Leading physical asset management company, Pragma, has achieved a Level 1 Broad-Based Black Economic Empowerment (B-BBEE) rating. The company, which was founded 26 years ago in South Africa, scored close to full marks for preferential procurement and enterprise development and qualified as an Empowering Supplier.
According to Kolosa Madikizela, Cape Regional Manager, preferential procurement and enterprise development were very important aspects of Pragma’s B-BBEE scorecard. “ESD, as it is often referred to, is simply a merger between preferential procurement and enterprise development and weighs 40 points out of 105 points on the new scorecard, more than any other element.” (Equity ownership is 25 points, management control 19 points, skills development 20 points and socio economic development 5 points.)
Qualifying as an Empowering Supplier is a critical differentiator. “The critical differentiator is that if you do not qualify as an empowering supplier, your certificate cannot be used towards your clients’ procurement score, therefore deeming it useless,” explains Madikizela.
An Empowering Supplier within the context of B-BBEE is a B-BBEE compliant entity, which is a good citizen South African entity, complying with all regulatory requirements of the country. The entity is required to be compliant with tax law, company law and with occupational health and safety law. In addition, the company must also ensure that it has complied with employment equity regulations and the skills development legislation. In addition, depending on the size of the entity, there the entity also has another set of requirements to report on. These elements include, Local content, Job creation, Transformation of raw materials, Skills transfer and Labour costs.
Madikizela continues that the spirit of enterprise development is embodied in the growing of small and medium sized businesses through the provision of finance and support. “This support can help these businesses to overcome obstacles and increase their competitiveness in the market, with the end result being job creation and poverty alleviation. Measured enterprises are now required to spend 2% of their net profit after tax annually on supplier development and a further 1% of the net profit after tax on enterprise development and sector specific programmes.”
Madikizela adds that it was one of the most critical sections Pragma had to focus on in order to achieve Level 1 on the new codes. “Due to the scarcity of 51% black owned and 30% black women owned suppliers in our industry, it was also the most challenging aspect and pivotal to our reaching Level 1 certification. I’m very proud of the fact that Pragma earned a total of 38.30 points out of 40.”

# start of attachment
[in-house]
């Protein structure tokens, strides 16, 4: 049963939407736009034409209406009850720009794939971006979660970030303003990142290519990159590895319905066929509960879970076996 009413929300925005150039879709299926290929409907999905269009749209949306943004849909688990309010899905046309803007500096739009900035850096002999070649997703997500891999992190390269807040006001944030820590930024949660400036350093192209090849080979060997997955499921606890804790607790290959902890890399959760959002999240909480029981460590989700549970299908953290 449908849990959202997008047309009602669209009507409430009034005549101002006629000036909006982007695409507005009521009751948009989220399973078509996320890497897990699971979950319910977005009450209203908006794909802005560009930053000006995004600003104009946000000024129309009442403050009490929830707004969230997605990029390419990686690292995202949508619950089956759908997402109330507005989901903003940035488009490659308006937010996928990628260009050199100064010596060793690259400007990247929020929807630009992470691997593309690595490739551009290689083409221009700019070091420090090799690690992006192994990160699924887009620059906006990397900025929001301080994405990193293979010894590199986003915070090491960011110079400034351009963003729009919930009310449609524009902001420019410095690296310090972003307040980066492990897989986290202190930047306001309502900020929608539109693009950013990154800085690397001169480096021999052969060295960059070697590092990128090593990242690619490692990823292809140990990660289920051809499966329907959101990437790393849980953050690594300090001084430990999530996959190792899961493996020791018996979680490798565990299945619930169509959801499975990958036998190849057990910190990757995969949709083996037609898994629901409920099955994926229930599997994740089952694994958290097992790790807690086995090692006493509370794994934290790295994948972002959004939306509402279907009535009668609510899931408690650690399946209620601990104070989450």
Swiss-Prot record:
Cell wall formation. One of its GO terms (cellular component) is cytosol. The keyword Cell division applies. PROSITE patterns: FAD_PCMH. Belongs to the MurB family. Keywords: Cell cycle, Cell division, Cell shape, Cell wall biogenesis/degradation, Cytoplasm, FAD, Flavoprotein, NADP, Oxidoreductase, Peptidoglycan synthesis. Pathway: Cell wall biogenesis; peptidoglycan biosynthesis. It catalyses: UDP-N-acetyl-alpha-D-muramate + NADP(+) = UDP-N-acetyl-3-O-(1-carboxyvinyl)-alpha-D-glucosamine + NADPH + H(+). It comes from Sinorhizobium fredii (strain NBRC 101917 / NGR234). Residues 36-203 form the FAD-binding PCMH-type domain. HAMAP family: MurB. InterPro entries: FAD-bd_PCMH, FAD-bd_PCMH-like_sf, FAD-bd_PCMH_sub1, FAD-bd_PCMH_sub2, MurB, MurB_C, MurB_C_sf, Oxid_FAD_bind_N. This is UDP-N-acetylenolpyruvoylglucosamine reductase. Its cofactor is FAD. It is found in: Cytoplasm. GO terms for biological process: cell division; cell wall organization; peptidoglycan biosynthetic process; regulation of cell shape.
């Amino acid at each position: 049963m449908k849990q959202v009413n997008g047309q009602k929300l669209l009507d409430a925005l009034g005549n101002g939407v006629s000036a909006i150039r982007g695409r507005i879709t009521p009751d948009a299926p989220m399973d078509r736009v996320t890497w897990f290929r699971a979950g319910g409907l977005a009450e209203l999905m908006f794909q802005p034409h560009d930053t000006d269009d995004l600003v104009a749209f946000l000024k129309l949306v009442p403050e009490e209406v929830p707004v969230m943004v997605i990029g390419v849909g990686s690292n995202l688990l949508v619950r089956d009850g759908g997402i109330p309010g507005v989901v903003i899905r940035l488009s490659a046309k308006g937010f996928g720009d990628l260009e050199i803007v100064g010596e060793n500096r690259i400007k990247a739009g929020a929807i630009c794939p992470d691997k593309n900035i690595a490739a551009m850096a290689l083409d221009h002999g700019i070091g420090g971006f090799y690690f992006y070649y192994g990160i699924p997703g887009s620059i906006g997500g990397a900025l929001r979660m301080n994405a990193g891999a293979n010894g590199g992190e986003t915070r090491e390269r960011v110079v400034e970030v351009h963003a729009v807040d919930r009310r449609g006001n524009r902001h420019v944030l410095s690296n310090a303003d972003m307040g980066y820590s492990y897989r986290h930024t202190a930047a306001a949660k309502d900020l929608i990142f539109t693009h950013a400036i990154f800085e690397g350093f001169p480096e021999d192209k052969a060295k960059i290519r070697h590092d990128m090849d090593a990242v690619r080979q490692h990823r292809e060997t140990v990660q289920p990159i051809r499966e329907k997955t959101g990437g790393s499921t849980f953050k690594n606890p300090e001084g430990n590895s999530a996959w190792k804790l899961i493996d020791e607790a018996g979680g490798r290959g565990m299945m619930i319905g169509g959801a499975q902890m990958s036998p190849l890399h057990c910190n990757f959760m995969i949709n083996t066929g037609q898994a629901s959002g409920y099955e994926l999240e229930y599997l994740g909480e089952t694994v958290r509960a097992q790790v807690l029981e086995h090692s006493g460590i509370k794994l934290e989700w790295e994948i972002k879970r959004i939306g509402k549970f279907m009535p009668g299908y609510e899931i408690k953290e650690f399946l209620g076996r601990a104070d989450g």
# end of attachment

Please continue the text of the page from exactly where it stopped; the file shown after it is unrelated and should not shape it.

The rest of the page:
In order to effectively assist these small black owned companies and the economy as a whole, Pragma needed to take an all-inclusive approach that was deliberately aimed at ensuring growth whilst also providing skills transfer, helping to achieve sustainability, skills development, employment and job creation. Says Madikizela: “We approached this in a very pragmatic manner, with an action plan that we monitored on a weekly basis. We also used various platforms to source 51% black and 30% women owned suppliers, in particular for enterprise development. Finding the suppliers was very challenging, but through our supplier and customer database (network) and ensuring that we were doing this for the right intent and not just to tick a box, we were able to identify good new suppliers to work with.
“We looked at our existing service providers that we had excellent working relations with and actively assisted them to improve on their B-BBEE status, leading to some becoming 51% black owned and 30% women owned. We also communicated our B-BBEE strategy through roadshows. During these roadshows we offered our assistance where required in ensuring that our non-compliant suppliers were upskilled. We approached it as a great opportunity to ensure that we deliver on the true intent of B-BBEE, which is to realise the country’s full economic potential while helping to bring the black majority into the economic mainstream. By empowering and working with 51% black owned suppliers and 30% black women owned suppliers, we enabled these businesses to actively participate in the growth of our business through expanding our supplier base diversity and thus making a meaningful contribution to our direct market. We also further expanded their references and added to their growth opportunities. In the end it took dedication, commitment, team work and ultimately wanting our organisation to be a champion of transformation and fulfilling the true intent on B-BBEE to succeed.”
Madikizela explains that done properly, ESD is designed to ensure that the economy is as inclusive as possible by ensuring that procurement spending is directed at promoting skills development and job creation. “Ultimately, creating a sustainable and economically sound future for South Africa is of benefit to every business in the country, and should form part of responsible business strategy. ESD goes beyond the traditional corporate social investment where companies typically just pumped money in a black owned enterprise without really considering the effects of that investment in that entity”.
Madikizela concludes: “I’m truly happy to be part of a company with such a good B-BBEE rating. Pragma has grown into a global leading asset management service provider, offering permanent employment to more than 400 employees on 4 continents. Our Level 1 certification means that we have an excellent opportunity to gain more clients and attract an effective workforce. Transformation is definitely the right thing to do.”
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